Jewish World Review August 12, 2002/ 4 Elul, 5762
Biology burdens and marriage
The messy business last week of a man trying to prevent his ex-girlfriend's abortion is the best argument yet for marriage. At least for men.
First, this won't be a defense of abortion. Current law supports a woman's right to "choose," and legally the case has been appropriately resolved. The court ruling in question confirmed what Roe vs. Wade guaranteed, that only a woman has the right to determine whether she carries a pregnancy to term.
But the pushing and shoving from abortion friends and foes, as well as fathers' rights groups, underscores an unlikely truth -- that men more than women need marriage today. And children as always, whether born or unborn, need it most of all.
This unpleasant chapter in family history began when Tanya Meyers, 22 and 10 weeks pregnant, wanted to end her pregnancy. But her former boyfriend, John Stachokus, 27, wanted her to carry the baby to term and let him have custody of the child.
Stachokus sought and was granted a temporary injunction barring the abortion. A common-pleas judge on Monday dissolved the injunction and dismissed a lawsuit filed by Stachokus. A few days later, Meyers reportedly suffered a miscarriage.
The fetus -- also known as a baby among those who plan their pregnancies -- is no longer at issue. But the rumblings from both sides of the argument provided a glimpse at what happens when a society abandons its most important institution, marriage, and the families it is intended to protect and nurture.
Were the couple married, we might have been blessed in never knowing their names. Although it is true that a married woman can get an abortion without her husband's permission, most abortions don't happen that way. Recent research shows that unmarried women are six times more likely than married women to seek an abortion.
The Centers for Disease Control and Prevention's (1996) Abortion Surveillance Report found that 80 percent of women who got abortions in 1995 were unmarried. The highest rate was among women 18 to 19 years old.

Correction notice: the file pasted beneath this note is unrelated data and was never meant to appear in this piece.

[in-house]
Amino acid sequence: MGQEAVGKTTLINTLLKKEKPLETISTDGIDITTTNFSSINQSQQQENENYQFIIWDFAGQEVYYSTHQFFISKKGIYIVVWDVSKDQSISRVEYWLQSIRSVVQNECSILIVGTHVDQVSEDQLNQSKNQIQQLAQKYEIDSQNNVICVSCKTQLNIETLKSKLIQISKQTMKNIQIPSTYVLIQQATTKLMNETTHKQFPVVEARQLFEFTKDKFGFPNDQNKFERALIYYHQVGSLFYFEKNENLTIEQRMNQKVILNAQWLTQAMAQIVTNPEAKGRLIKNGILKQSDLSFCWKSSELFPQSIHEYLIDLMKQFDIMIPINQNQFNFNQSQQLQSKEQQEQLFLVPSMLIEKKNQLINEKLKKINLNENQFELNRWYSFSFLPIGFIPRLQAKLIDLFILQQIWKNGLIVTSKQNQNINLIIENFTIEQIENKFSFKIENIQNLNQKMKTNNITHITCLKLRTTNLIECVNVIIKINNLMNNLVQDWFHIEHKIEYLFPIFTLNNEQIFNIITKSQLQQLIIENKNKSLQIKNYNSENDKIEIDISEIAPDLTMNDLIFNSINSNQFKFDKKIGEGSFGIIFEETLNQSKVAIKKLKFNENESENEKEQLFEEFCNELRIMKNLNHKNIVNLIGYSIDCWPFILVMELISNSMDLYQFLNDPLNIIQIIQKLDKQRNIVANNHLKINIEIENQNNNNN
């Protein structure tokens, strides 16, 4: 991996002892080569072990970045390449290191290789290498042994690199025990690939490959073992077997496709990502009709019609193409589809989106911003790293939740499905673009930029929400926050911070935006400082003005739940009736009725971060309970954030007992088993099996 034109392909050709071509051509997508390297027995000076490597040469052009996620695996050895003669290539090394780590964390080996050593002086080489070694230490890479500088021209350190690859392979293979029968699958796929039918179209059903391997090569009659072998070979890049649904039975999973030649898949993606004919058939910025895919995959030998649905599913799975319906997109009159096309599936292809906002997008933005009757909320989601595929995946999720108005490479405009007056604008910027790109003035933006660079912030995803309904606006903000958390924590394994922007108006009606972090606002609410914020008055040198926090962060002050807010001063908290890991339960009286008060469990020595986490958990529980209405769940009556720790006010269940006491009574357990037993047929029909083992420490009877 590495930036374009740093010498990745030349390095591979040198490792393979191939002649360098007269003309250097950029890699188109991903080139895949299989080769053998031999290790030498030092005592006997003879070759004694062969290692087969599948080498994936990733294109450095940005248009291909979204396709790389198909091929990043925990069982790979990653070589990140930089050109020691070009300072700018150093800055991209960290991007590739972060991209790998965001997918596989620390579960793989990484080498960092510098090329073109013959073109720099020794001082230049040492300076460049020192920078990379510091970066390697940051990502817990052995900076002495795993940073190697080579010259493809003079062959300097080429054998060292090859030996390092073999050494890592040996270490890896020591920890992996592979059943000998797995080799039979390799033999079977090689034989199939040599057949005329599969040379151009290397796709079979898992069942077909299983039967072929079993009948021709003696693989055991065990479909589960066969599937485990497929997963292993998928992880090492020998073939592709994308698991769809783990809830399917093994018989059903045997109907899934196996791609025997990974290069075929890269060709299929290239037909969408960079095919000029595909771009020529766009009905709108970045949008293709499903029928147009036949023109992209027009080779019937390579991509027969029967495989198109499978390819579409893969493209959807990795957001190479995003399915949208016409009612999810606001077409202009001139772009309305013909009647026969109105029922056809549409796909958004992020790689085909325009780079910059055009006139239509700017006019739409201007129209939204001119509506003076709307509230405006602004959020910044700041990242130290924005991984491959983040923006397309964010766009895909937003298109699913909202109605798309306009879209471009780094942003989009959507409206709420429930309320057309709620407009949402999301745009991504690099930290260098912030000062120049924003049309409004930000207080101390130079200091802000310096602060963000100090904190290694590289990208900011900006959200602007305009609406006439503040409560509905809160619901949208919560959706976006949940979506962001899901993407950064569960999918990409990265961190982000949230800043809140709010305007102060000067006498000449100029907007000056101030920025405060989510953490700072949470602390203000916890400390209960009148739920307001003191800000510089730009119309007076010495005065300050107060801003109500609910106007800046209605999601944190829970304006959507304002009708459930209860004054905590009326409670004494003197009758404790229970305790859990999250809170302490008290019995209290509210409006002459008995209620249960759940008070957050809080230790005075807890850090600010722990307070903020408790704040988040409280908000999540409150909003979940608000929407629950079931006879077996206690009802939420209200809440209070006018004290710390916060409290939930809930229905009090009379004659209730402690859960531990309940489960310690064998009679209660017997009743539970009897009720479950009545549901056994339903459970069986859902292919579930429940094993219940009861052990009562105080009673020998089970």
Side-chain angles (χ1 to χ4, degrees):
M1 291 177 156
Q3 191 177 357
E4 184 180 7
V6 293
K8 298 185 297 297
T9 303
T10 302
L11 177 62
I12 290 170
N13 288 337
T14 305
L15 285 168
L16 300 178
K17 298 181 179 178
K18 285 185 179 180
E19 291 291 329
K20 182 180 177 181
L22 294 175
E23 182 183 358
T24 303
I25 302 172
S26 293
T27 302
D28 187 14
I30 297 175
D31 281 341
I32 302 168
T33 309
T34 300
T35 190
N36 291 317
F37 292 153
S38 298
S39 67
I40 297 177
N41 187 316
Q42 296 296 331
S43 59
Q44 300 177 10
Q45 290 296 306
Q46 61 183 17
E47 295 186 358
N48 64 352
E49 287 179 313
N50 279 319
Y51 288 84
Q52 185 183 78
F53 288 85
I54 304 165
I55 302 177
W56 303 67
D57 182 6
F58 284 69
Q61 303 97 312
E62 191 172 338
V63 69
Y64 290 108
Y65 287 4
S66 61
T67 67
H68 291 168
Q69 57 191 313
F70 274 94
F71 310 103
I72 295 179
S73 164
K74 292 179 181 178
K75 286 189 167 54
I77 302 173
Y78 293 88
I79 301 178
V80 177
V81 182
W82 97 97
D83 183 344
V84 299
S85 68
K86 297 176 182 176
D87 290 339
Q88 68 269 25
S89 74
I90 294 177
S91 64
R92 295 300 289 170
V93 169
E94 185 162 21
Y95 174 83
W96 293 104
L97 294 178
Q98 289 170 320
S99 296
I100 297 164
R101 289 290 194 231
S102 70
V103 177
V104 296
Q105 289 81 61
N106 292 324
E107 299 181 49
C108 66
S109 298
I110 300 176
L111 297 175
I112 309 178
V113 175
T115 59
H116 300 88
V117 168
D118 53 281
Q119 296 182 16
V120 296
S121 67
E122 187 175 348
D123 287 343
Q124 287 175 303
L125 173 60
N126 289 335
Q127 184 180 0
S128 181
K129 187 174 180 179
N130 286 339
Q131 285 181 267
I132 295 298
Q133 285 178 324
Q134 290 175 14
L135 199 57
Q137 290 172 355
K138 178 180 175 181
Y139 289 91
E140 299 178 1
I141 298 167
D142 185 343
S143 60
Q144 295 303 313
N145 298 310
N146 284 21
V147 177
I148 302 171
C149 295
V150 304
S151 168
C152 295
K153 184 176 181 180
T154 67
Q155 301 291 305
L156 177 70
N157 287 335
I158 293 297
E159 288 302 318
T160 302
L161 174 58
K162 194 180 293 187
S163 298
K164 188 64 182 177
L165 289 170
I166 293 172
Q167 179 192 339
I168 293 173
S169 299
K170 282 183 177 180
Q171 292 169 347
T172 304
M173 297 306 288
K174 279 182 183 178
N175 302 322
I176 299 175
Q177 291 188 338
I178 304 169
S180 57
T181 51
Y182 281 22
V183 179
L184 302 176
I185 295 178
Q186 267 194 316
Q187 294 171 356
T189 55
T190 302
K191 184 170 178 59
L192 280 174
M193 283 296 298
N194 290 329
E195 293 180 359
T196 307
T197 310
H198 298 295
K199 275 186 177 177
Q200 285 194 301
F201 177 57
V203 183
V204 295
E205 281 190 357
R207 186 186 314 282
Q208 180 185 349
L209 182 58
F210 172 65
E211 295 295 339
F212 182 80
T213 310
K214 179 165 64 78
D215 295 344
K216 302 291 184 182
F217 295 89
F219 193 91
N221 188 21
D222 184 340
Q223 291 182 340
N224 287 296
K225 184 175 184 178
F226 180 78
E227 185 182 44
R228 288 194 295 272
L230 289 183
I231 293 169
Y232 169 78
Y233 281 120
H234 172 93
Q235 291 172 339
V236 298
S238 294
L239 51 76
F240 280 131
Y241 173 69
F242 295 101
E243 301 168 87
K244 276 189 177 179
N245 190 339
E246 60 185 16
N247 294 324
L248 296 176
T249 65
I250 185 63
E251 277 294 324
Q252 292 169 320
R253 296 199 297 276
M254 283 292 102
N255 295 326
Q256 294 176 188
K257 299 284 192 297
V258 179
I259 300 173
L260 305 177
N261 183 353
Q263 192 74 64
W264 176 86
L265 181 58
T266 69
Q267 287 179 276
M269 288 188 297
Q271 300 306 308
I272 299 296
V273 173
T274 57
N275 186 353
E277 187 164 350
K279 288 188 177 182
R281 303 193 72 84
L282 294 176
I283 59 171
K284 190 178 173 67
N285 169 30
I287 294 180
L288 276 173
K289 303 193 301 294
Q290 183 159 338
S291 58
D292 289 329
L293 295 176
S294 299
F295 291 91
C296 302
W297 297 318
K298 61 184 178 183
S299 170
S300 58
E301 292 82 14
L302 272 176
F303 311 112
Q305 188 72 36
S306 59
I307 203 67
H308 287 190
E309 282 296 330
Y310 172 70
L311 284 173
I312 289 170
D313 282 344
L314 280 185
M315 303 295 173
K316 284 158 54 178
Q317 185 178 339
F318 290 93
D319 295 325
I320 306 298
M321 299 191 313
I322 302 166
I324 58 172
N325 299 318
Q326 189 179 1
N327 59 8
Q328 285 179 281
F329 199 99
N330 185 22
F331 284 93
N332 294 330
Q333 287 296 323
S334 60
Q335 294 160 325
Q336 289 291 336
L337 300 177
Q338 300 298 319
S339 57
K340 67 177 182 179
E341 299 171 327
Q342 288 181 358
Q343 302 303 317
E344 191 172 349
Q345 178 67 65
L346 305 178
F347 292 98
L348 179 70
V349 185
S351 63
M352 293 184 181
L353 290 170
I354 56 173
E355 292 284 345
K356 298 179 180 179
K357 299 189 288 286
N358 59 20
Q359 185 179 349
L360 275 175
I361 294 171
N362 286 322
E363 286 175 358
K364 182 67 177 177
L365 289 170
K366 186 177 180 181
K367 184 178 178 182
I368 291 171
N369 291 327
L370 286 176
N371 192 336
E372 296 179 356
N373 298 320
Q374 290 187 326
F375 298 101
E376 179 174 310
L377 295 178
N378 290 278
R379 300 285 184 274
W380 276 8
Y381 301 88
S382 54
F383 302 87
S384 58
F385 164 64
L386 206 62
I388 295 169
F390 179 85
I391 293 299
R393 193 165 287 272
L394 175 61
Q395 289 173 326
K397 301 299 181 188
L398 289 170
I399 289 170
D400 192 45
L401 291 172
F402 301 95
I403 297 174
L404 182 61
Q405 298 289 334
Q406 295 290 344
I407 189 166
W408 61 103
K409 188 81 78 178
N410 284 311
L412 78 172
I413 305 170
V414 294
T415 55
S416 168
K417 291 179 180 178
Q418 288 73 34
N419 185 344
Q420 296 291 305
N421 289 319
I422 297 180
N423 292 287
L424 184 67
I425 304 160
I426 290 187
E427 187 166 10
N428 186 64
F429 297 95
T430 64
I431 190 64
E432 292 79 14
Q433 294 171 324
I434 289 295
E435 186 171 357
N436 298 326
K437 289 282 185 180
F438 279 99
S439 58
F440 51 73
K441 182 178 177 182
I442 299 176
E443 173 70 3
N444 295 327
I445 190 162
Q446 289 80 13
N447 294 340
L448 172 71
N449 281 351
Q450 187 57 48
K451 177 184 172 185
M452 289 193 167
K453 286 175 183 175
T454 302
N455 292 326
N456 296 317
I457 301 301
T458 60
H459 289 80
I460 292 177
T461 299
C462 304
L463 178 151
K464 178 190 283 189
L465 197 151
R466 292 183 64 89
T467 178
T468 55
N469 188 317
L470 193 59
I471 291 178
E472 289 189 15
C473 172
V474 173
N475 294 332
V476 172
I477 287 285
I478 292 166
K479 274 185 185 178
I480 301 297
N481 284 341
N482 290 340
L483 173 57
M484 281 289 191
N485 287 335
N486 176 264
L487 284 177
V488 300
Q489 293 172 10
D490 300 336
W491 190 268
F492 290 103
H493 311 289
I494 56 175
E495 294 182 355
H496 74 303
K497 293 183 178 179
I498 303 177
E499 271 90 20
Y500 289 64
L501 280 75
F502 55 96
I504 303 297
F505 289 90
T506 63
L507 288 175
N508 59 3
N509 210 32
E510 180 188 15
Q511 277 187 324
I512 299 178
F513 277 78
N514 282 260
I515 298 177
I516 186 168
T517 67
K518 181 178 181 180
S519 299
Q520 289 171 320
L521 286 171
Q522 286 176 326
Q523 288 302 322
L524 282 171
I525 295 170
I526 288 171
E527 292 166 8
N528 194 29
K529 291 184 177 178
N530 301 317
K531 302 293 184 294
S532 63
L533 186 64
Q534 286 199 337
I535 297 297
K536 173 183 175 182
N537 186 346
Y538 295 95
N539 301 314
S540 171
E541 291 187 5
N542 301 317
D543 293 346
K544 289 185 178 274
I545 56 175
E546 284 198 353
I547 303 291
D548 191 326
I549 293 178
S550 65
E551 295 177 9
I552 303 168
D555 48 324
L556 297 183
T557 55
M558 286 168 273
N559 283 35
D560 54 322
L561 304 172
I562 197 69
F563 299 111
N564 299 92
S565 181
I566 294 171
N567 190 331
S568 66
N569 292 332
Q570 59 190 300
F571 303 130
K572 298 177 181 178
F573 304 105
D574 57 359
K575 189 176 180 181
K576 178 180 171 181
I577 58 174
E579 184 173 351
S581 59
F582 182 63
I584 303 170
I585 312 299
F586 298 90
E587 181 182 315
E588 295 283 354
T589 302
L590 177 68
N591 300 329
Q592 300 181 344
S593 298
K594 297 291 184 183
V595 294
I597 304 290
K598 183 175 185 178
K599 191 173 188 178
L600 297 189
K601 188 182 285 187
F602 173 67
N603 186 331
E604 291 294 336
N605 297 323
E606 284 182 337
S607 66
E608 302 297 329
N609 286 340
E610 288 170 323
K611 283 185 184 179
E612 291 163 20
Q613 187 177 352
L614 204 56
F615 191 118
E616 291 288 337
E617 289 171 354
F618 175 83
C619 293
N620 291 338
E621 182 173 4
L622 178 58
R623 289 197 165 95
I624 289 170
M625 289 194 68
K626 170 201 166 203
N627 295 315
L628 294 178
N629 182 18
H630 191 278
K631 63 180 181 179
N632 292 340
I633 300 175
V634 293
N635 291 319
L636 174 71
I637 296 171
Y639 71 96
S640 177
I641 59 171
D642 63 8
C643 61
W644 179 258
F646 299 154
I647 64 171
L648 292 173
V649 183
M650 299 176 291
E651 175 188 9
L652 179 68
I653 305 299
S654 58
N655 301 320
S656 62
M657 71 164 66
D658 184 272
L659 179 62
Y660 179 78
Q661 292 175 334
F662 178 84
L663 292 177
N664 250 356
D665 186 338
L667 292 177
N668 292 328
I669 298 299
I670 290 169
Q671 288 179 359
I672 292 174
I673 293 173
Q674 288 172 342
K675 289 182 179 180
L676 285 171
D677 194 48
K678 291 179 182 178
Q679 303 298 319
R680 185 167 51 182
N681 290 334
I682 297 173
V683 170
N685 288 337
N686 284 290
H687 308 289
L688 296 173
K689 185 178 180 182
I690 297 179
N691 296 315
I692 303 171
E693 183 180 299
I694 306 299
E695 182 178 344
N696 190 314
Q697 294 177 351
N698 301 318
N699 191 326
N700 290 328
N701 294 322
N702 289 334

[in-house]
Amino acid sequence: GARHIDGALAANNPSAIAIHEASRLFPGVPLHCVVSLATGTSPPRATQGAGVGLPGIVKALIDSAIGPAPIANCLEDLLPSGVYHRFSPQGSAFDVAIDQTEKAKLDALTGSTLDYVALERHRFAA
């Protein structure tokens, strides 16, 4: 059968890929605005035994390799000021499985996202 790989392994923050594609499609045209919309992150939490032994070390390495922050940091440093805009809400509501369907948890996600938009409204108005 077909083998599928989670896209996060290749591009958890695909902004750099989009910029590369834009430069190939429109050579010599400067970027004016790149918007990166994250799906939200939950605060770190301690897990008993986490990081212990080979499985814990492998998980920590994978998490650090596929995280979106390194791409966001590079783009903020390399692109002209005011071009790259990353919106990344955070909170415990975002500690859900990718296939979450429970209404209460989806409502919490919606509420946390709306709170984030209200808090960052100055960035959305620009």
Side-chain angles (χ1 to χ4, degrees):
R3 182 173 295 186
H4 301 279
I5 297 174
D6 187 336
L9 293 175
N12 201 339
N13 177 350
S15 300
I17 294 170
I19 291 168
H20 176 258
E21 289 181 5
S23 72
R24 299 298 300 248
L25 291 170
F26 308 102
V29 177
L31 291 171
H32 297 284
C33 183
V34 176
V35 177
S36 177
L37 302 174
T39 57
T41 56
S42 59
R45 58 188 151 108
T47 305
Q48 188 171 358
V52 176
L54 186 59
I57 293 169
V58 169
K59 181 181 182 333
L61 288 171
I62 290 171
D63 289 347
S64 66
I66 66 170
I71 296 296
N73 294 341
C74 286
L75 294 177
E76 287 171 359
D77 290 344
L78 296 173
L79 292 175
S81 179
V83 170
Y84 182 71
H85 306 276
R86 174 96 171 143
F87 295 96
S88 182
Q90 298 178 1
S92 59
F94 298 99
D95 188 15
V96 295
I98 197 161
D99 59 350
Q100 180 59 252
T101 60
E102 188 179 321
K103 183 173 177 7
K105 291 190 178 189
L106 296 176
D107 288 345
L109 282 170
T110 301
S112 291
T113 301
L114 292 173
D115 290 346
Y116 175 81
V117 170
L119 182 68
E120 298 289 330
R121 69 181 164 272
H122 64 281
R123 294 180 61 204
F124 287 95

Even without relying on a court's application of Roe vs. Wade to cases like Stachokus', one could reasonably argue against his claim. From a woman's point of view, it is unconscionable that a man -- a former boyfriend no less -- could prevail in insisting she give birth to his child. Women in this country, thankfully, are not required to serve as child-bearing vessels for men.
Moreover, as a matter of simple biology, women bear the larger burden in the child-bearing equation. Having sex does not a father make, but carrying a pregnancy to term and giving birth does make a woman a mother. Nine months of another human being growing inside one's own body changes more than a woman's dress size.
I didn't say it makes her a good mother, or a more qualified parent. It may well be that Stachokus would have proven to be a lovely parent, but his donation of sperm to the equation of procreation doesn't compare to the woman's contribution. Without the moral bindings of marriage, by which men promise to protect their offspring, his vote simply has less sway.
But what about other considerations? What about the man's moral claim to what is undeniably his offspring-to-be? I sympathize with fathers' rights advocates who argue that the same woman who has the unilateral right to abort her fetus also can seek financial support from the "father" if she gives birth.
Under my dictatorship, this would be disallowed. If a woman can make the choice to abort or have a baby without the father's consent, she can do so without his financial support. Fair is fair.
Ideally, of course, Meyers and Stachokus might have avoided this altogether by practicing better birth control. They're not children, and Meyers already has a child. She knows how "it" happens. Message: Try chatting before sex.
It must be bitterly ironic to men that the tables have turned so dramatically. Once upon a time, women insisted on marriage before sex and in order to have children. Now women eschew marriage, have sex as casually as men, and have children when it suits them -- all under the protection of laws that also permit what amounts to extortion through child support.
The only hope men now have of becoming fathers who play more than a peripheral financial role is through marriage. If they can find someone who'll say "I do."
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